• If apnea, or HR < 100, provide ventilations with 100% Oxygen
  • Target oxygen saturation after birth:
    • 1 min – 60-65%
    • 2 min – 65-70%
    • 3 min – 70-75%
    • 4 min – 75-80%
    • 5 min – 80-85%
    • 10 min – 85-95%
  • If HR remains < 60, administer chest compressions
    • Administer boluses of 0.9% NaCl at 20ml/kg
      • If no IV access obtained after 3 attempts, or within 90 sec., obtain IO access
    • Epinephrine  0.01 mg/kg IV of a 1:10,000 solution if no improvement
      • Repeat Epinephrine (same dose) every 3 to 5 minutes if no response
    • Naloxone (Narcan) 0.1 mg/kg, IV or IO if respiratory depression in a newborn of a mother who received narcotics within 4 hours of delivery 
      • Repeat Naloxone (Narcan) dose as needed
    • Administer D10W at 2ml/kg; no need to check blood glucose prior to administration

Note: The tracheal suctioning procedure is not intended for the vigorous newborn with meconium stained fluid that does not develop apnea or respiratory distress.

APGAR Score

APGAR is a quick test performed at 1 and 5 minutes after birth. The 1-minute score determines how well the baby tolerated the birthing process. The 5-minute score assesses how well the newborn is adapting to the new environment. The rating is based on a total score of 1 to 10, with 10 suggesting the healthiest infant. This test is a screening tool to help determine whether a newborn needs resuscitative efforts.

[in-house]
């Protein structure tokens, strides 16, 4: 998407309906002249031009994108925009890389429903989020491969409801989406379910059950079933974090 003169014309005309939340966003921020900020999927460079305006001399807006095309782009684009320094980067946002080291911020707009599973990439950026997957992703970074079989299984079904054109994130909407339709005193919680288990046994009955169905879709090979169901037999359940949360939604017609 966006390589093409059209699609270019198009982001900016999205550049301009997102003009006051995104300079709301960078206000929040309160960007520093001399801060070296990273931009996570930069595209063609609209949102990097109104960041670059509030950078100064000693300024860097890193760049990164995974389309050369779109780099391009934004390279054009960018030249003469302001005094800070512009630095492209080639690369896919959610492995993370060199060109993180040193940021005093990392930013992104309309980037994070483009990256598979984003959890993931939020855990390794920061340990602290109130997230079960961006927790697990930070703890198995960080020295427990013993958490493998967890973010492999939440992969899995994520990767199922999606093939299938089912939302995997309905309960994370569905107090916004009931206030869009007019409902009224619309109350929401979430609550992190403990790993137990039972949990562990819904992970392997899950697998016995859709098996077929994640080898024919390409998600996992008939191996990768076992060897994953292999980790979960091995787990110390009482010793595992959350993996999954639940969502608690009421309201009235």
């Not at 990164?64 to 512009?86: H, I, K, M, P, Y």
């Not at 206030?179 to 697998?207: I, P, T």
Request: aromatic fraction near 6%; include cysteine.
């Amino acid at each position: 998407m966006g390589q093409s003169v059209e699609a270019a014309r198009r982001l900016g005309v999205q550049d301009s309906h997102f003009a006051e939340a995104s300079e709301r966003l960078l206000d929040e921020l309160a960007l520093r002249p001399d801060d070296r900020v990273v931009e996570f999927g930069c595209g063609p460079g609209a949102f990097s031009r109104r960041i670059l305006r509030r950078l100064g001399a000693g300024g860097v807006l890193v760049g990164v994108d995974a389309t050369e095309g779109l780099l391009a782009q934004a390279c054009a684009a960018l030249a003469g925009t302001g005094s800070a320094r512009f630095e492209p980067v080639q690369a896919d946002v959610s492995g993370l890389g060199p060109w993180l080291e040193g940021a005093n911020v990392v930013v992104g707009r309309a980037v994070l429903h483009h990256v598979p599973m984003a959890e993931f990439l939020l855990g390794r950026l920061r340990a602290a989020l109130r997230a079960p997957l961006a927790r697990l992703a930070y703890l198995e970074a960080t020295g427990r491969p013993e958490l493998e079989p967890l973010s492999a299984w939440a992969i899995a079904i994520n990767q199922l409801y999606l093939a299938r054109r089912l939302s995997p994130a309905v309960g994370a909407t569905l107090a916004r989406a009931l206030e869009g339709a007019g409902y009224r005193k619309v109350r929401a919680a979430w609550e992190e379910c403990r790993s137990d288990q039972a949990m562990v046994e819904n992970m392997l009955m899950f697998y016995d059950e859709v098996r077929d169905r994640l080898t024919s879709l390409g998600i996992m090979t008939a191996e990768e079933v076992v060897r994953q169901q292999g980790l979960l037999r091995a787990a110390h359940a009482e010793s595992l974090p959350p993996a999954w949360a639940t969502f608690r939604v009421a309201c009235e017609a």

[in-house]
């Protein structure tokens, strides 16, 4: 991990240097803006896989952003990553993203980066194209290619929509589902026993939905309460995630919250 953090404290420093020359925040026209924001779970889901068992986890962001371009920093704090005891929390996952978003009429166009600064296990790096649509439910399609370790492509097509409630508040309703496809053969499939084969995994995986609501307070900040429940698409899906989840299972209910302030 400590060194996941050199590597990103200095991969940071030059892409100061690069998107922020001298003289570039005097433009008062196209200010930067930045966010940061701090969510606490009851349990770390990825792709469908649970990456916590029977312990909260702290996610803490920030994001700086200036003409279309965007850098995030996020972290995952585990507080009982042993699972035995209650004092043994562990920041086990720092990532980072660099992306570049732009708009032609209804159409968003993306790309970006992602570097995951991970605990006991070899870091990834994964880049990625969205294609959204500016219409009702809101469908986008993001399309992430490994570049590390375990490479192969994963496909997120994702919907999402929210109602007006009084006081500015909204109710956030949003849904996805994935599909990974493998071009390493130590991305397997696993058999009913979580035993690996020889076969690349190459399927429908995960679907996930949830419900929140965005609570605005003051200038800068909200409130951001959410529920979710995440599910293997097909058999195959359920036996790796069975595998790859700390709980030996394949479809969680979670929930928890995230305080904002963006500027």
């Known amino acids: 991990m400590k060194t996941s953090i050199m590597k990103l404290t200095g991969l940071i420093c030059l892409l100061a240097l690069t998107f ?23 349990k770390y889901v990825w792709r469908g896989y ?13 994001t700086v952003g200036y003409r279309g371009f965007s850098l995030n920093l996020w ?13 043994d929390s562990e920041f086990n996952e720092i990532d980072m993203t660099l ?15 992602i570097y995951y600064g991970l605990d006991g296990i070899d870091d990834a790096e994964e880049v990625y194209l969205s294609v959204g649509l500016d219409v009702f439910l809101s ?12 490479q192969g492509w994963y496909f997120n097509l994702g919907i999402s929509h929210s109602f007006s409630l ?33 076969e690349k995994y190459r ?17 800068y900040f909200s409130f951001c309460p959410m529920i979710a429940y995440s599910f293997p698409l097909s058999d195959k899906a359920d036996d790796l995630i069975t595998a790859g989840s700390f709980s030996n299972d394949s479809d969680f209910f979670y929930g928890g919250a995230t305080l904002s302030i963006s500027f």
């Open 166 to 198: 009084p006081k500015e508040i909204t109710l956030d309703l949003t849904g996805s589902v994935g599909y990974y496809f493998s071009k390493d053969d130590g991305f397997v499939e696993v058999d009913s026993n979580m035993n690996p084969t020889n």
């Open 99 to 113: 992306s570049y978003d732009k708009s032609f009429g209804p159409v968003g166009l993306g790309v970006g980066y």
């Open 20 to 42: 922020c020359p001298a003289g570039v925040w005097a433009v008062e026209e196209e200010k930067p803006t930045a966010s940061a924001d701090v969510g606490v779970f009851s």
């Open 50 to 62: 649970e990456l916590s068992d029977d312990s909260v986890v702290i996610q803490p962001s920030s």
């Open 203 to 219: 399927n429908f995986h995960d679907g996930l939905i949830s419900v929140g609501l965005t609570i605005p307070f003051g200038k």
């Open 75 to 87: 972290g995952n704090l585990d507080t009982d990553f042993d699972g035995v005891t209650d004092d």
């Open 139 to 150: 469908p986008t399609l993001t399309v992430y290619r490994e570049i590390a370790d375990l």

0 (Points)

1

2

Appearance

Blue or pale all over

Blue extremities, but torso pink

Pink all over

Pulse

None

< 100

≥ 100

Grimace

No Response

Weak grimace when stimulated

Cries or pulls away when stimulated

Activity

None

Some flexion of arms

Arms flexed, legs resist extension

Respirations

None

Weak, irregular or gasping

Strong Cry

0-3 Critically Low, 4-6 Fairly Low, 7-10 Generally Normal

Abandoned Newborn

Florida Statute 383.50 allows for new parents to anonymously leave a newborn at a fire station or a hospital. If this scenario is encountered, adhere to the following:

  • Assess and treat the newborn as per newborn/pediatric resuscitation protocols
  • Transport newborn to nearest emergency department
  • If possible record physical description of parent
  • Attempt to obtain information regarding prenatal care and pertinent family history
  • If any written information available, turn it over to the Emergency Department

Contact Medical Control for Additional Orders if Needed